3: Add Prebiotics to Fortify the Probiotics
To fully support healthy digestion, you want to pair your probiotics with prebiotics. Prebiotics are a specialized form of fiber your body can’t digest, which allows it to bypass the acids in your stomach and make its way to your intestines where it feeds and fuels the good bacteria that support healthy digestion. I’ve often referred to prebiotics as the “fertilizer” that allows the healthy digestive-supporting bacteria in your gut to multiply and thrive.
Plus, prebiotics help to improve gut-barrier function, helping to support the mucous layer and thin layer of cells lining your intestines. They also support immune health as well.
My Recommendation: Add prebiotic-rich foods to your diet, including garlic, onions, leeks, artichokes, asparagus, bananas, and sugar beets, to name a few. I also recommend taking a good prebiotic supplement. There are several types, including FOS, GOS, inulin, and XOS. XOS helps to energize and promote the growth of beneficial bacteria in the gut. Plus, unlike other forms of prebiotics, it’s well tolerated with fewer side effects.
If there is underlying dysbiosis or an imbalance of gut flora, prebiotics in food or supplement form can often exacerbate symptoms like gas and bloating. If you continue to bloat post-consumption of prebiotic foods or supplements, I suggest talking to your health care provider about testing for dysbiosis like small intestine bacterial overgrowth (SIBO) for example.
4: Take Enzymes to Aid Digestion
Your body produces digestive enzymes throughout your digestive system—in the mouth, pancreas, stomach, salivary glands, and small intestine. The role of enzymes in digestion is to chemically break down the foods you eat into components that can be absorbed and used by your body.
So, what enzymes digest carbohydrates, protein, and fats? There are three main classes of enzymes your gastrointestinal tract produces and releases to digest these different types of macromolecules:
- Amylases break down carbohydrates into simple sugars, such as glucose, which is your body’s primary fuel source.
- Proteases break down proteins into amino acids your body then uses to stimulate muscle growth and repair, skin and connective tissue, support immune function, and more.
- Lipases break down fats into fatty acids and glycerol, which are energy-storage molecules that are involved with metabolism.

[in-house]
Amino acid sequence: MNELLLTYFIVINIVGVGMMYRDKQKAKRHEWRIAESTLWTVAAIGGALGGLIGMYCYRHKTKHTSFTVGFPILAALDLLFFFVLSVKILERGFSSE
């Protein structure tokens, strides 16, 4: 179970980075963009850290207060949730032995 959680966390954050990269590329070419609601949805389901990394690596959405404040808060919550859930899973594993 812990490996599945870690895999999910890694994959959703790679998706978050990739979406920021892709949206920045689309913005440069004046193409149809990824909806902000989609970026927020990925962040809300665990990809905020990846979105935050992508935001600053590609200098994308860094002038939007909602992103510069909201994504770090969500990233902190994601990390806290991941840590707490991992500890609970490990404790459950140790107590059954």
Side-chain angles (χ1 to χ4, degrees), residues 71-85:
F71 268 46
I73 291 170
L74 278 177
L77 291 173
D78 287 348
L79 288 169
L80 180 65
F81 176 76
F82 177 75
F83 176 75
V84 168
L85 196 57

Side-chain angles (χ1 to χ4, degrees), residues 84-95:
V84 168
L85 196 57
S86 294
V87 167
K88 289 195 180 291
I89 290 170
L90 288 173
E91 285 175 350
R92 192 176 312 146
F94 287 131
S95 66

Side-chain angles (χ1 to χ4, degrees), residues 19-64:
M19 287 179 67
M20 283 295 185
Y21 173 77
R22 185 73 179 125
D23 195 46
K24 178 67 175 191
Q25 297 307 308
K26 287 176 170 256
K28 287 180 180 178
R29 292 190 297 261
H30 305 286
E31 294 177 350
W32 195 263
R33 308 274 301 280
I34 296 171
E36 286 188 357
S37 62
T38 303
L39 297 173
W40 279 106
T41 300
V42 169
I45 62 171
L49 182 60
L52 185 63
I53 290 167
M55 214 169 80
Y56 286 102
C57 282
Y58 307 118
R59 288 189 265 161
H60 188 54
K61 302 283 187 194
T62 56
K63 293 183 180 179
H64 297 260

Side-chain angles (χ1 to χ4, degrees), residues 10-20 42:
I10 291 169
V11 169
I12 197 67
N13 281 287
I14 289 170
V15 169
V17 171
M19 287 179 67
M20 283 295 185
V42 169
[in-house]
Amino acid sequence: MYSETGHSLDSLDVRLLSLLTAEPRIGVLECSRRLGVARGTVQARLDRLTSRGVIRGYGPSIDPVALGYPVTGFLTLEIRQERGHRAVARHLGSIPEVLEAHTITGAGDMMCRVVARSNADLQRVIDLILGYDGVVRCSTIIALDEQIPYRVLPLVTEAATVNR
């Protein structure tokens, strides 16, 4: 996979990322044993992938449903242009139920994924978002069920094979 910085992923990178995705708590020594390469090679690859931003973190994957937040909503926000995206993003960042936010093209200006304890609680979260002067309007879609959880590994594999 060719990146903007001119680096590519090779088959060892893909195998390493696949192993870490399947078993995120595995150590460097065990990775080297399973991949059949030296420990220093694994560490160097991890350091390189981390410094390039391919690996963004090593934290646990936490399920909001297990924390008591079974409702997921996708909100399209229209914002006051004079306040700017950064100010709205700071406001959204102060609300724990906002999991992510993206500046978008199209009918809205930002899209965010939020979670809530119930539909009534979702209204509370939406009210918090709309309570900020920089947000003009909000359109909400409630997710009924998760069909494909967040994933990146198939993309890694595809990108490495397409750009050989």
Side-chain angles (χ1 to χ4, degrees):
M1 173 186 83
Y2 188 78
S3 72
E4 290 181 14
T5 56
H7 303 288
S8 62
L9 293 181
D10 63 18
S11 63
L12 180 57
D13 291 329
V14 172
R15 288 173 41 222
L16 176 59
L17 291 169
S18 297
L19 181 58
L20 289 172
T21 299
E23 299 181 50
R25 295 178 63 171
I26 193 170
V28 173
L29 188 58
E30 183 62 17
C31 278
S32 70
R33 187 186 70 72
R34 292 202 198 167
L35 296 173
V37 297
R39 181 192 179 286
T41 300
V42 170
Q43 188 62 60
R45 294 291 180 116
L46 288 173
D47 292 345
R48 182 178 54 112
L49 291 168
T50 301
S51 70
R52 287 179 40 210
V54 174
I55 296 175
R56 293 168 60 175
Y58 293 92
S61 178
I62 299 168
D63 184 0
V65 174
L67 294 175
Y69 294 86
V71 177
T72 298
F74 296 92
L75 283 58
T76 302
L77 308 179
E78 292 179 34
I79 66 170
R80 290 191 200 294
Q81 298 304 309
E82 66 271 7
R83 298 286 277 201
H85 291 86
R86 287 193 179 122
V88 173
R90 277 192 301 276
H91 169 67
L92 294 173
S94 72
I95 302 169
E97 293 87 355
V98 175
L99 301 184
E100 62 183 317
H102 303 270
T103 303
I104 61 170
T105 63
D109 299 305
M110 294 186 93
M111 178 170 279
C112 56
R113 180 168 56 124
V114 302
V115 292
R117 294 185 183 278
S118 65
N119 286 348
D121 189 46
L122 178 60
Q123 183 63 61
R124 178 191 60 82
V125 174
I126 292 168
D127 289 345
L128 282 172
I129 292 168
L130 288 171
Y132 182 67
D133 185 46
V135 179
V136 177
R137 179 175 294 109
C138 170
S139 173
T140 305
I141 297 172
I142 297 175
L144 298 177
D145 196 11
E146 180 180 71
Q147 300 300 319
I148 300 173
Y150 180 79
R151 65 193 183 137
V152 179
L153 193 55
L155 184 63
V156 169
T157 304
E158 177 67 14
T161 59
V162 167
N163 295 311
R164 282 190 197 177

Without digestive enzymes, none of these processes would occur. While your body produces enzymes, many things can impede enzyme creation—such as aging or chronic stress. Whole foods including fruits and vegetables naturally contain enzymes to help aid digestion, whereas processed foods are devoid of enzymes that increase the body’s enzyme requirements for digestion. This is another reason to avoid processed foods as they really are “empty” of not only nutrients but also naturally occurring enzymes.
Signs of an enzyme deficiency can include the feeling that you have a “rock” in your stomach after eating a big meal, gas and bloating, fatigue after eating, abdominal cramping, heartburn, and constipation, and/or diarrhea. Plus, if you notice floating stools it may be a signal that you’re having trouble absorbing fats.
My Recommendation: Take a good digestive enzyme supplement at the beginning of your meal to help facilitate digestion. I recommend looking for one with a broad spectrum of enzymes including amylases, proteases, and lipases—as well as other enzymes like bromelain, cellulase, lactase, peptidase, and alpha-galactosidase.
So, What’s the Bottom Line?
Digestion is a complicated process that we, fortunately, don’t need to consciously think about–it just happens. The first tip for optimal digestive function is to eat a whole food diet and eliminate foods that don’t agree with you (food allergies, or food intolerances like gluten or dairy for example).
You can also improve the gut terrain and digestive function by eating foods rich in probiotics and/or taking a probiotic supplement, taking digestive enzymes with meals, choosing prebiotic-rich foods, and/or taking prebiotic supplements.
Lastly, choosing HOW to eat your food can make all the world of difference in whether you digest your food well. Create a peaceful, quiet, and low-stress environment (and mental state) to eat your food as the setting can be just as important as the foods you put into your mouth.